sorry to digress. but which school do u think has a good econs course aside from the usual bigwigs aka ucl, lse,oxb,warwick? im thinking of doing econs (initially wanted to read law but decided to stick to sth im sacademically stronger in) but cant get into any one of the 5 as mentioned due to pne very unsightly "B" grade in my A levels....
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    Sorry, don't think I can help you there as I've no idea about economics Although, I do know a Singaporean year 2 law student who got into Warwick after missing the terms of the conditional offer (AAB) with ABB, but still managed to get in. Although, what with the the greater number of people entering Unis now, I'm not sure whether that still holds.
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    (Original post by Narev)
    Sorry, don't think I can help you there as I've no idea about economics Although, I do know a Singaporean year 2 law student who got into Warwick after missing the terms of the conditional offer (AAB) with ABB, but still managed to get in. Although, what with the the greater number of people entering Unis now, I'm not sure whether that still holds.
    ok thanks!
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    (Original post by yonanz)
    hey lifeisnice..

    u can argue for all you want, seriously.

    im not talking about motivation or whatever. im taking about the flaws of the system - curve versus no curve. im saying that in a uk uni, a smart person even when competed against 20 other smart person at the top will still stand a chance for a 1st. whilst in nus, a smart person against 20 other smart person will inevitably result in a class division due to the curve. its undeniable fact. im talking about the top 20% or so where everyone is motivated and hardworking and reasonably smart.

    "They are motivated though, and so should you." its easy throw this bs around but seriously. on what basis can we singaproeans comapre to those PRCs? we are not in a vacuum and cannot remain detached from our commitments. yes we can be motivated by we hold on to significantly more commitments and inevitable distraction than those PRCs. its by virtue of us studying in our homeland, undeniable aspect of studying locally.

    ur website precisely shoots urself in the foot. with your eager to rebut my point blindly, you must have furiously typed words in search engines and scour the net for information to show how PRCs have not so strong fundamentals. but this website shows that calculus is taught more in the UK system, while in PRC, there are more emphasis on geometry, trigo andfunctions. precisely my point. earlier on i mentioned that my friend majoring in maths nus told me that the reason why PRCS do so well in maths is that (aside from being smart,hardworking and motivated) they are trained in specific methods of pure maths, particularly proving. i do not know the crux of it, but my friend told me that uni maths is more proving than solving, and PRCS maths curriculum prepare and train them to think in such a way, not the UK or SG system.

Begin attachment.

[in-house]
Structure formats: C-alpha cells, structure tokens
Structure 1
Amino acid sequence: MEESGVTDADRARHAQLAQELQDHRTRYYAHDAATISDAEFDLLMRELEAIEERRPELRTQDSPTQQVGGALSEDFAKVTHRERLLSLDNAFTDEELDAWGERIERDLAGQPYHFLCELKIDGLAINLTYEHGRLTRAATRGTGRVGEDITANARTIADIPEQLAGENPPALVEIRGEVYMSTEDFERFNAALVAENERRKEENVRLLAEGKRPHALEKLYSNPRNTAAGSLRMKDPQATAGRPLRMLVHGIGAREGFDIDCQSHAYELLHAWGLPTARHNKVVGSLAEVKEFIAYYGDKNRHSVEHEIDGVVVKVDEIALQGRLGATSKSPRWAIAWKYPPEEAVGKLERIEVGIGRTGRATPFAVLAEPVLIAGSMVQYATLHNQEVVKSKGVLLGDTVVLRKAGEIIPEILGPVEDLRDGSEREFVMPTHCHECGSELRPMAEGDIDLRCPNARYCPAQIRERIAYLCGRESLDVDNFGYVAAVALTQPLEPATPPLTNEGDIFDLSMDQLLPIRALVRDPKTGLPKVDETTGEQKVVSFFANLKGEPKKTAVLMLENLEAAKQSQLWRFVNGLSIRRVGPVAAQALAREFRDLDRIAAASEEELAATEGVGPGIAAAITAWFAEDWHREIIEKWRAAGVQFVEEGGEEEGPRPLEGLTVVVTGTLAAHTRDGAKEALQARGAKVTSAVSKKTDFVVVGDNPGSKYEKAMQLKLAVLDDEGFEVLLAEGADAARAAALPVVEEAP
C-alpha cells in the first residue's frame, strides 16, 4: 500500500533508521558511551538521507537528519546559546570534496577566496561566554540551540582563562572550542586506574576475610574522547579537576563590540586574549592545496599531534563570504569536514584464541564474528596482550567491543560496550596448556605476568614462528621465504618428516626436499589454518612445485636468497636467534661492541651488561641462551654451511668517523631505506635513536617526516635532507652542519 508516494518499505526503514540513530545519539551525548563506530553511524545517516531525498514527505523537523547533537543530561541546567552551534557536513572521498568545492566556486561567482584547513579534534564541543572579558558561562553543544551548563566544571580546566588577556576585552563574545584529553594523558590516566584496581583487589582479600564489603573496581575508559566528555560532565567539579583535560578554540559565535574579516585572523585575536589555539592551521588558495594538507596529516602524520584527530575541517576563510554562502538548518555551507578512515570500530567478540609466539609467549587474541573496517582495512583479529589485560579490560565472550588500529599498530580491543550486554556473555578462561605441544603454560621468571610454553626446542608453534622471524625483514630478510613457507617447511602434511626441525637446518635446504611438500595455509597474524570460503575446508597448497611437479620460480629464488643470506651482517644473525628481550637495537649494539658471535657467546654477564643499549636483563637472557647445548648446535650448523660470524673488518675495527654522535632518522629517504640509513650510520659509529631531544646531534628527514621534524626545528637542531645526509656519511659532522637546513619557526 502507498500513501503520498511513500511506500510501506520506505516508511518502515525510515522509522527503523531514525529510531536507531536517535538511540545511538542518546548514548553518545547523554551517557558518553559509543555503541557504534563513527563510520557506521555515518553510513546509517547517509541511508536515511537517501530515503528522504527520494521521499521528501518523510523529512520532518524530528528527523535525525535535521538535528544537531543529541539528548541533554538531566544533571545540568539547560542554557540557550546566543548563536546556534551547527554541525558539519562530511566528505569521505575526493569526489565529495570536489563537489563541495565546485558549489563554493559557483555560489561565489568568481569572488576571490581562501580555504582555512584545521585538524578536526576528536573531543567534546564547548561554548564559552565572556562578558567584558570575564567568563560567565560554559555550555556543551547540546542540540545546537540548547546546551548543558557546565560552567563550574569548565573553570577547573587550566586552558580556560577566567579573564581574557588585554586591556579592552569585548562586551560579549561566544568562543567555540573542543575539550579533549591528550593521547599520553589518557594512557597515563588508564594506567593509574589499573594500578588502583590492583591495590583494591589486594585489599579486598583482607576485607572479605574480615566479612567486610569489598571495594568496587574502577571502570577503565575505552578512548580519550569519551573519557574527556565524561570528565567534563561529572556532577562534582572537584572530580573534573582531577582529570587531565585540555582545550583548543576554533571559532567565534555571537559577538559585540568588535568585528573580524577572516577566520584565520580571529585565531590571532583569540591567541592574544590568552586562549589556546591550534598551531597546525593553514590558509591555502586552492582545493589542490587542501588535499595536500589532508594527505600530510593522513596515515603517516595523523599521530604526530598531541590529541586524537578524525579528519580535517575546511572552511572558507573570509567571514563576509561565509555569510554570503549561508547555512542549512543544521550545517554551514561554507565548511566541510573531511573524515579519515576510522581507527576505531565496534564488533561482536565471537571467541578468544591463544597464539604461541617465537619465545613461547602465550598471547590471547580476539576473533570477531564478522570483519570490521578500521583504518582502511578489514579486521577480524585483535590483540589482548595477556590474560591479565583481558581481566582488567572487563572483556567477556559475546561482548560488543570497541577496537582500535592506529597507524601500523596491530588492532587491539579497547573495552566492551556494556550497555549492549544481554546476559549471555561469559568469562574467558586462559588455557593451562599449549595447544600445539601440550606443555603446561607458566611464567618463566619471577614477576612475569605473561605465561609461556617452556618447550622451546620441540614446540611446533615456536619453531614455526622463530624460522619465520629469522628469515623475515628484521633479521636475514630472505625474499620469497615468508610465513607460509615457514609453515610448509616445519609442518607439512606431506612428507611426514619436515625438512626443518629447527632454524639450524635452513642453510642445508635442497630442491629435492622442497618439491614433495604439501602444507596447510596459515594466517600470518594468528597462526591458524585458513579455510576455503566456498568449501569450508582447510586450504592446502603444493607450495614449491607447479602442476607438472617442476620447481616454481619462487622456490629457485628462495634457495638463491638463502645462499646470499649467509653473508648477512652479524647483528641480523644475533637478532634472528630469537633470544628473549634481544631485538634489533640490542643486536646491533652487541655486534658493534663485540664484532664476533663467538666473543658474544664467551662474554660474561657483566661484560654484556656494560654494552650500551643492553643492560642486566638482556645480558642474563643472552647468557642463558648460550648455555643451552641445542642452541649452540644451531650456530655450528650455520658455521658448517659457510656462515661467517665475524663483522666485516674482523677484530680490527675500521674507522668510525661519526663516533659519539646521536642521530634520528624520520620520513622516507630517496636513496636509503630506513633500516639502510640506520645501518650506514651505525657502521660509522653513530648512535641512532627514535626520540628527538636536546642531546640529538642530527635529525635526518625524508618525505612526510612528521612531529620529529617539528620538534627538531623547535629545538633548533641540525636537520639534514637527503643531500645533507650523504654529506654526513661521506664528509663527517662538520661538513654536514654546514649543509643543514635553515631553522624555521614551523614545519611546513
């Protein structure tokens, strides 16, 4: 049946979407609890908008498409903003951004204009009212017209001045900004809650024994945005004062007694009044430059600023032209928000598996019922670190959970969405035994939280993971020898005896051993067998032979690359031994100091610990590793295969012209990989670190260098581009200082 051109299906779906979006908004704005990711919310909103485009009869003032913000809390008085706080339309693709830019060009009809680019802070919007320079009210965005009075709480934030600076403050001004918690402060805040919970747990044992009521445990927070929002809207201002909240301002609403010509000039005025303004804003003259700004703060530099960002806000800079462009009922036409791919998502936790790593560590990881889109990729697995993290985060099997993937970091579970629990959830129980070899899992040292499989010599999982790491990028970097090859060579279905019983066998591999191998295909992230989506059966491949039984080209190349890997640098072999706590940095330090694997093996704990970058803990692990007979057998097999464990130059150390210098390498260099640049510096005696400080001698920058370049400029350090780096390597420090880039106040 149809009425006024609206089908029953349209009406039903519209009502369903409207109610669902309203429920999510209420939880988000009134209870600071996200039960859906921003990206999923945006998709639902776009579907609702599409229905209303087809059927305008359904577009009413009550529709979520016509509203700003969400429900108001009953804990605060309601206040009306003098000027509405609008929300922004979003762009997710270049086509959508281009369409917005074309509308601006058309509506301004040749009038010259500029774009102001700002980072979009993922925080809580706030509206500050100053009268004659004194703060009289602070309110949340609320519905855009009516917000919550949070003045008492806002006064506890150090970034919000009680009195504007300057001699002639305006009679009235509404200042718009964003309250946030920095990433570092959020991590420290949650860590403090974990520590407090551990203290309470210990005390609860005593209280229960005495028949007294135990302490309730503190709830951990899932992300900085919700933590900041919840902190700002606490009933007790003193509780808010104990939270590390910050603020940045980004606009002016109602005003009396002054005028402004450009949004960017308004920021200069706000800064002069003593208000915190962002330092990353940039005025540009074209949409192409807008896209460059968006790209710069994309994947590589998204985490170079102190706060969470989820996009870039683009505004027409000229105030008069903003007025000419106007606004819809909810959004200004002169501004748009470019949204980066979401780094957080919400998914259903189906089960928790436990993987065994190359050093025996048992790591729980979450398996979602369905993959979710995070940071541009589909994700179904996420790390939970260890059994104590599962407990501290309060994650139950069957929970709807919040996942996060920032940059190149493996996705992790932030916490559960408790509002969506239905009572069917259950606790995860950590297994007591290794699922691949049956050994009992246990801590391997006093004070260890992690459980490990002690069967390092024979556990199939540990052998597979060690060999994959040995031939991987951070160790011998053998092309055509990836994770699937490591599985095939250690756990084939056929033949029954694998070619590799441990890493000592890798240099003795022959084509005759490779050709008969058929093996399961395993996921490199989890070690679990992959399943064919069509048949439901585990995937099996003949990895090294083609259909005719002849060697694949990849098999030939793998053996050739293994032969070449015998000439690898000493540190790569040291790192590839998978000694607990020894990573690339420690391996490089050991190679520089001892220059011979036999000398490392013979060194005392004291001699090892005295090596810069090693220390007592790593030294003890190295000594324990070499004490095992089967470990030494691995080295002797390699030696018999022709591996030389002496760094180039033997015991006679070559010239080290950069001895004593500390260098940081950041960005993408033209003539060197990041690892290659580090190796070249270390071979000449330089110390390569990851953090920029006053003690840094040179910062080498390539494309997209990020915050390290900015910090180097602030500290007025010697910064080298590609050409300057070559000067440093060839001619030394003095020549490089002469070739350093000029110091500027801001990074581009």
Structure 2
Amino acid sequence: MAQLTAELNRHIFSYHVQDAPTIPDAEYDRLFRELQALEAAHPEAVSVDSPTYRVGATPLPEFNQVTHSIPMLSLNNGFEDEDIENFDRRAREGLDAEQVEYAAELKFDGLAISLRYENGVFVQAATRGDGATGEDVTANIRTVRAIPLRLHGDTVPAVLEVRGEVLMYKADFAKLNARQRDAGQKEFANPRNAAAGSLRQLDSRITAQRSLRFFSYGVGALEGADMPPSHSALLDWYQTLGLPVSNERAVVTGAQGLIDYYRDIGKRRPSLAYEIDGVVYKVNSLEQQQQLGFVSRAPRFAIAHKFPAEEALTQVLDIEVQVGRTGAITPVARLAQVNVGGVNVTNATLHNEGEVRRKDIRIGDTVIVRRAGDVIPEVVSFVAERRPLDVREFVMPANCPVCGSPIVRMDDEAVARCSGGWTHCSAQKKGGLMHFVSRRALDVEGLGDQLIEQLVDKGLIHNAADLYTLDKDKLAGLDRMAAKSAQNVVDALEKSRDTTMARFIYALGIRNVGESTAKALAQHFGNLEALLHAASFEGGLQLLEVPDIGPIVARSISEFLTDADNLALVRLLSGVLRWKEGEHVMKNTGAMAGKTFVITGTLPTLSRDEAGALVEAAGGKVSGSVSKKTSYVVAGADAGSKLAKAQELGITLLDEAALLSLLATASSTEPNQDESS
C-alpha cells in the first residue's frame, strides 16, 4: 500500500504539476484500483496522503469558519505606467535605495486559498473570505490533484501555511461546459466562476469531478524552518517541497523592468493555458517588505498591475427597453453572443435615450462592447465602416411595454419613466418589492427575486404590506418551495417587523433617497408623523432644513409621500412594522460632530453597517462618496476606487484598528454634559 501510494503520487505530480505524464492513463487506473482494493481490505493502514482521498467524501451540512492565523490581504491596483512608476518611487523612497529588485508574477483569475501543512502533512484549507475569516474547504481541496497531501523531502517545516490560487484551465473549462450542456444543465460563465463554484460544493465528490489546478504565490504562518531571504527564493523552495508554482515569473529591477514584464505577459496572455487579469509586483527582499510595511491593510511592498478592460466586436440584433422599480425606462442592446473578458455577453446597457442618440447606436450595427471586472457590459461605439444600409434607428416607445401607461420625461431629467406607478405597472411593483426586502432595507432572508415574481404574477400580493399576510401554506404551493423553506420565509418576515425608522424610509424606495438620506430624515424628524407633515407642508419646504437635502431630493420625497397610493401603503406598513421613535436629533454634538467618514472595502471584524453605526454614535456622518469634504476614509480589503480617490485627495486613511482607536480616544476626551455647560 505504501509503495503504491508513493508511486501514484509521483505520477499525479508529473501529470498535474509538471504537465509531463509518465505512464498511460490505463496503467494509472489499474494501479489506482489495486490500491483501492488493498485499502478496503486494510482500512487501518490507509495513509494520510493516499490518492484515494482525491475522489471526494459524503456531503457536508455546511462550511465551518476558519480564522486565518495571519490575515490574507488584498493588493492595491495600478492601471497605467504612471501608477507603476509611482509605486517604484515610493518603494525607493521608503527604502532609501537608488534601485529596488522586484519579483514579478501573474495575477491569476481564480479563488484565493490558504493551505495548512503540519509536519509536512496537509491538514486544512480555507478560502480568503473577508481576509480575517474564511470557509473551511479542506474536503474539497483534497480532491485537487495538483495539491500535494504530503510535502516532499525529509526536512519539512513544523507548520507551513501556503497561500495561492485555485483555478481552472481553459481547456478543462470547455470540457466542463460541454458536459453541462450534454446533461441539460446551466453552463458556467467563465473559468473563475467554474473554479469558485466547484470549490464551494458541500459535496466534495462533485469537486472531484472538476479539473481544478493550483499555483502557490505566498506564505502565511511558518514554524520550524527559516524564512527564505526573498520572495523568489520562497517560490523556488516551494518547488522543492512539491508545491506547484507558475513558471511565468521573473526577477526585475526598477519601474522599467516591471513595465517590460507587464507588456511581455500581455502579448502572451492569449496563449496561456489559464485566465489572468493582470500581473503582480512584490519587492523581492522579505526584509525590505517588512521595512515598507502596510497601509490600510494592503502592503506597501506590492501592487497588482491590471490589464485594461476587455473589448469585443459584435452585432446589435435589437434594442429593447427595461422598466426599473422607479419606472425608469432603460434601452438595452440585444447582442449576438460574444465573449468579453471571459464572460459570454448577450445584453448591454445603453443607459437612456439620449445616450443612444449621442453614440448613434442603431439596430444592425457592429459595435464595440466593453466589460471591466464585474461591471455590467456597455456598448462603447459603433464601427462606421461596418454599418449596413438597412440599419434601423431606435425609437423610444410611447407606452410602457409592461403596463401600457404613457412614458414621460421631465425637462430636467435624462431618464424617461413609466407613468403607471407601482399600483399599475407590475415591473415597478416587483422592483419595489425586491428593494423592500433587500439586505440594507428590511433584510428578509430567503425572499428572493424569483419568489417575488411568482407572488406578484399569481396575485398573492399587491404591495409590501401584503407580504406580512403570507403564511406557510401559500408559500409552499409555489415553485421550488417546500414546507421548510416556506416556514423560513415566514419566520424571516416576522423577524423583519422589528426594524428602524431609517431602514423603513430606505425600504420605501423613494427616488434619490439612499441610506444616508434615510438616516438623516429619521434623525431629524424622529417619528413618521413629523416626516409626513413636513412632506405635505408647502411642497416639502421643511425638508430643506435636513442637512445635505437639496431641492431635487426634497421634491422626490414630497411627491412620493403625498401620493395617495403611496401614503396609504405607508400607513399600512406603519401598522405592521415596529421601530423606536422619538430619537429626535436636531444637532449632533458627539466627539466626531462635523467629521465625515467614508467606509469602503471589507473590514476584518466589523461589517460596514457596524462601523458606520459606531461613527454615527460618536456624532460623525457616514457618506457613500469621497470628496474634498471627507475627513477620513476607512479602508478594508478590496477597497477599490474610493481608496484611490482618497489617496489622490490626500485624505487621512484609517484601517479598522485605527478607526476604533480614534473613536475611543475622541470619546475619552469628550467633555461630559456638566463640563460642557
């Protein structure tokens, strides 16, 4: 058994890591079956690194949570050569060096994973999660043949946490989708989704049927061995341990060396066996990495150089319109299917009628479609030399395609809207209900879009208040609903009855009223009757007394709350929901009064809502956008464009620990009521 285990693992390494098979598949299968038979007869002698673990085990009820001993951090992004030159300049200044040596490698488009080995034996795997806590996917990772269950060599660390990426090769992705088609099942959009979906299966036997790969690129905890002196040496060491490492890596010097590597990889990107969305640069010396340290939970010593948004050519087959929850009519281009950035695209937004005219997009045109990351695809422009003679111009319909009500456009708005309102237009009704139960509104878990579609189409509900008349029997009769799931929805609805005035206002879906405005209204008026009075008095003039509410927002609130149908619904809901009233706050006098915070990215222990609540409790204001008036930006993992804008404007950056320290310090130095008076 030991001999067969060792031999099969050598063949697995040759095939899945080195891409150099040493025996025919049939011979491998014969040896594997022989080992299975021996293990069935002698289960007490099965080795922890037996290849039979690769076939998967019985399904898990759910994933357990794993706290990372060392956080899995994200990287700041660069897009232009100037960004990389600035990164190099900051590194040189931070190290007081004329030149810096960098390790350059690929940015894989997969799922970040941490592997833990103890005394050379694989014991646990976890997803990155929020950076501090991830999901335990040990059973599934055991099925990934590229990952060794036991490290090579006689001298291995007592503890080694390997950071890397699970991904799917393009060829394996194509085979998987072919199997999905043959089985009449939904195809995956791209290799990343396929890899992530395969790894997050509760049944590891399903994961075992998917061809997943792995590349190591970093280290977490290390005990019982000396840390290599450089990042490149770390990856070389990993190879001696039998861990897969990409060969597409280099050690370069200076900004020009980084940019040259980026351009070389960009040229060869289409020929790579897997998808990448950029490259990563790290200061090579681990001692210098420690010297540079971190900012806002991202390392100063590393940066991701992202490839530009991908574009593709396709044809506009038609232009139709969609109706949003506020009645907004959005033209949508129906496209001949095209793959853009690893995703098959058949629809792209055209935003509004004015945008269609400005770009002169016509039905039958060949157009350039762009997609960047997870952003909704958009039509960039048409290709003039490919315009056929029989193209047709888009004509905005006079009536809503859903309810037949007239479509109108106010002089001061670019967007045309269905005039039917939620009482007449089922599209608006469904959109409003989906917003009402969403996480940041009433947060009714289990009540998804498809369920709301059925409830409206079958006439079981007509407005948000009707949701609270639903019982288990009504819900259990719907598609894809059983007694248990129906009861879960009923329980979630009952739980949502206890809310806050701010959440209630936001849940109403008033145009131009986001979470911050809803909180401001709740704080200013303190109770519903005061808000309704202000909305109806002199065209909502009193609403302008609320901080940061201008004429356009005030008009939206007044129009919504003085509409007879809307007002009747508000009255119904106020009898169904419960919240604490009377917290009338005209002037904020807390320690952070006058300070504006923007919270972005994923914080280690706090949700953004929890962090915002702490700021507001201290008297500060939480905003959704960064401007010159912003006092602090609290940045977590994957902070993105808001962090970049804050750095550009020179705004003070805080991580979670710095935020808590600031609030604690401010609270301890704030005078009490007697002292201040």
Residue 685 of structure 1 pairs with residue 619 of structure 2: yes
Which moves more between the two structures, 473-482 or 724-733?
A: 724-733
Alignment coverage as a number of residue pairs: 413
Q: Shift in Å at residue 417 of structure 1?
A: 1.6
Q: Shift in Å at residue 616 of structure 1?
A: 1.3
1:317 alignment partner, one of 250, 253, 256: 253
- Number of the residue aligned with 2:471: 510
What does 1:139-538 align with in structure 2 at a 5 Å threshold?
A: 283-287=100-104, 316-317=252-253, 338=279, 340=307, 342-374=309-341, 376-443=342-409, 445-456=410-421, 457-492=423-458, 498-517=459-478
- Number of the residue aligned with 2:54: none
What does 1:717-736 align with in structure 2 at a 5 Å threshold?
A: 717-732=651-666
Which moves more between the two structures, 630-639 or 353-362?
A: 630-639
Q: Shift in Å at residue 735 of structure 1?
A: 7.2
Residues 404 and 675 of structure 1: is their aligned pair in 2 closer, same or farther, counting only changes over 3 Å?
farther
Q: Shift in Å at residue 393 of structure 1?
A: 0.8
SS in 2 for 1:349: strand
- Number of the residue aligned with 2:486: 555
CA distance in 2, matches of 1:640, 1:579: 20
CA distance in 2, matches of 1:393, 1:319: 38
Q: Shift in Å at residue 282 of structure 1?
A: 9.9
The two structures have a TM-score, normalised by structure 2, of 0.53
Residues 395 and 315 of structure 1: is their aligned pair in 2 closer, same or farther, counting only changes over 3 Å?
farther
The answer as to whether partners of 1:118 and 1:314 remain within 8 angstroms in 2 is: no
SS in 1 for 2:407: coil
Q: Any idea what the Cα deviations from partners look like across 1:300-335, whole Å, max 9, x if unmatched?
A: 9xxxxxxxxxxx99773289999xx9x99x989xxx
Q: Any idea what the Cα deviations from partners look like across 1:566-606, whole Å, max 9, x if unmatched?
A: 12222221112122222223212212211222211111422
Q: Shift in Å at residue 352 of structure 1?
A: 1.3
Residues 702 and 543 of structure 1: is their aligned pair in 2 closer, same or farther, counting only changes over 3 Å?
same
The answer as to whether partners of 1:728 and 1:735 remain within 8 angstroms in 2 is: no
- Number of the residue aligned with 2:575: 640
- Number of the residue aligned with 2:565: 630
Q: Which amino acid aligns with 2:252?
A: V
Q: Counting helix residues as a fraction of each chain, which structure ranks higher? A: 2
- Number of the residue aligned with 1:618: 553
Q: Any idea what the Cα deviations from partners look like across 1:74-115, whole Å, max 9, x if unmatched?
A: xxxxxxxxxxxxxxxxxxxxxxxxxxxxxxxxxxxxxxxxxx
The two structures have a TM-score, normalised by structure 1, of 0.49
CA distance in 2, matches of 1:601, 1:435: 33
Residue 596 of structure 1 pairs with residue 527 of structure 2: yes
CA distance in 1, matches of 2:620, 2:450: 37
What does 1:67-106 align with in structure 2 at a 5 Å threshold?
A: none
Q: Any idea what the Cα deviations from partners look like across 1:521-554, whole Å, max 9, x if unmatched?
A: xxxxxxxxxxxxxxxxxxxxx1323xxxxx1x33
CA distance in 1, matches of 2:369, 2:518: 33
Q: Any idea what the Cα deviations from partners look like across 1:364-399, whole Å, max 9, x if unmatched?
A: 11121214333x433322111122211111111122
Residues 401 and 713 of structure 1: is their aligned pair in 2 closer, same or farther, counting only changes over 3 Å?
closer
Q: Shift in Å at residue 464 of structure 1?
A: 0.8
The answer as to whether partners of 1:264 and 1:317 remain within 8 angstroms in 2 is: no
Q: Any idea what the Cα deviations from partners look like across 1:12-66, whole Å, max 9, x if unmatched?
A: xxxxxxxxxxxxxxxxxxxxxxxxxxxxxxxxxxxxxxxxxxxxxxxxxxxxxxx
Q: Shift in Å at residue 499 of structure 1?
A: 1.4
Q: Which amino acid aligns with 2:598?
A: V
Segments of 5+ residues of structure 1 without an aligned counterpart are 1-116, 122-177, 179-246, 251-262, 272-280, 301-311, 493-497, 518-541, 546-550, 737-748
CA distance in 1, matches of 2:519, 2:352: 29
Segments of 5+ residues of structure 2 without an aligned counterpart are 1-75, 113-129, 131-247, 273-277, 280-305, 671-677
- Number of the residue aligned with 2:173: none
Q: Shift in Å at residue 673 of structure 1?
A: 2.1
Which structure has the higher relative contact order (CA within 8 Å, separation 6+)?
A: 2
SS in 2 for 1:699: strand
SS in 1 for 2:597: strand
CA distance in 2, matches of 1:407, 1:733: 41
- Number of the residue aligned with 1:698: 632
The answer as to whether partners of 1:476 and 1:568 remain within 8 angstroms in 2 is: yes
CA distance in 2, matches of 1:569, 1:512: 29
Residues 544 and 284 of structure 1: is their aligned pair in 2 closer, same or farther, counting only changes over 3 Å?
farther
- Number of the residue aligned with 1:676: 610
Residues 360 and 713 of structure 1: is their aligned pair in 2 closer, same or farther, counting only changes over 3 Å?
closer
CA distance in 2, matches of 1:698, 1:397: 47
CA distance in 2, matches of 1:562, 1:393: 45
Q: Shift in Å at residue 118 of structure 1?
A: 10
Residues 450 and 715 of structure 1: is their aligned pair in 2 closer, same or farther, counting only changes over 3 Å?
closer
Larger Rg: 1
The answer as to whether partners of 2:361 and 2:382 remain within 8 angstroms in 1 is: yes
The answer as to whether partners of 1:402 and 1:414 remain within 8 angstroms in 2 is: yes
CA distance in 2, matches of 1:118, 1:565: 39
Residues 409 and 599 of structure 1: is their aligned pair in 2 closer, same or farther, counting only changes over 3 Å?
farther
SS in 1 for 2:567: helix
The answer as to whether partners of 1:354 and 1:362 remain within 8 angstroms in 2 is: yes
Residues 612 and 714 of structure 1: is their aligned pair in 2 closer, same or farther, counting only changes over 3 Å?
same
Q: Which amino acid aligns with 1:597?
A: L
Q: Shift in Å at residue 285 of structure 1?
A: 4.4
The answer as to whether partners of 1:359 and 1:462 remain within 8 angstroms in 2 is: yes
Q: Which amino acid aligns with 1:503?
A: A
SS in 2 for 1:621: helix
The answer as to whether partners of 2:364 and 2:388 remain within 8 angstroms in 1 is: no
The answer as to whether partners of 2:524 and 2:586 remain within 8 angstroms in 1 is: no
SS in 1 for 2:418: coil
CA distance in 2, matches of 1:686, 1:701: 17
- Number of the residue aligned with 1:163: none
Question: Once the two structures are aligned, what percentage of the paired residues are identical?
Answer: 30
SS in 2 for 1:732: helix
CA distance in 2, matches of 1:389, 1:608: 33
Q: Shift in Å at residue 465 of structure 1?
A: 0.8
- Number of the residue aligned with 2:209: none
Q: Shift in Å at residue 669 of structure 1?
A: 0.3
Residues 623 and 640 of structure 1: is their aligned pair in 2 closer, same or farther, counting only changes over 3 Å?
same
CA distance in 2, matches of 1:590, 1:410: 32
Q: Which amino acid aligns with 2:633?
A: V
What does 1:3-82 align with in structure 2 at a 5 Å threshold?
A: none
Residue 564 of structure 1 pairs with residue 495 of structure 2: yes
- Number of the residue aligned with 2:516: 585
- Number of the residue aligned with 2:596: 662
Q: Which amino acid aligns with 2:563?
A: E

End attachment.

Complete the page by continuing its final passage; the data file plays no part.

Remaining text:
when someone say PRCs do very well cuz they are smart or hardworking, its easy to say " oh its up to u whether u want it..oh sure u can be motivated as well" but all this sounds good in theory for the purpose of argument but in reality its all BS. chinese people mindset and work attitude is v different from sgreans, and our environment is starkly different. its hard to match up to their level of motivation because there's simply too much undetachable distractions and commitments we have, plus our lifestyle demads a certain level of commitment from us which is not the case for PRCs. i know of many PRC friends who are so motivated bcause they are brought up in a system more cutthroat and less comfortable materialistically. the mentality and mindset is very much more steely than singaporeans. to digress abit. i have lost count of the number of times i am impressed by the service of hardworking PRCs..they are awlays so polite, motivated and willing to work, even in unglam jobs. i teach a PRC english and within a year he could speak and write decent english. not so much my credit, but his incredible level of motivation and hardwork which i find it hard to find in singaporeans, including myself.

    furthermore, i personally find that most of he PRCs studying in singapore, esp thsoe in NUS,are very very smart. they have very strong anaylitcal and logical thinking skills and are particularly quick in grasping concepts. i have prc friends in sec school, jc and uni and find this observation consistent throughout. im sure many people will concur but i just wanna express a personal observation.

    so, back to the topic. all im saying is that with the curve, its harder to get first class because your performance is marked in relation to the rest of the cohort. so if u happen to be amongst the competition of many highly motivated, smart PRCs, logically speaking, you have less probabiltiy of getting a first class. u come in and for the sake of disagreement throw in all the BS about motivation and pass rates and whatnot but these are NOT RELEVANT! im talking about curve and its effect on the chances of securing good honours, not comparing pass rates or motivation levels.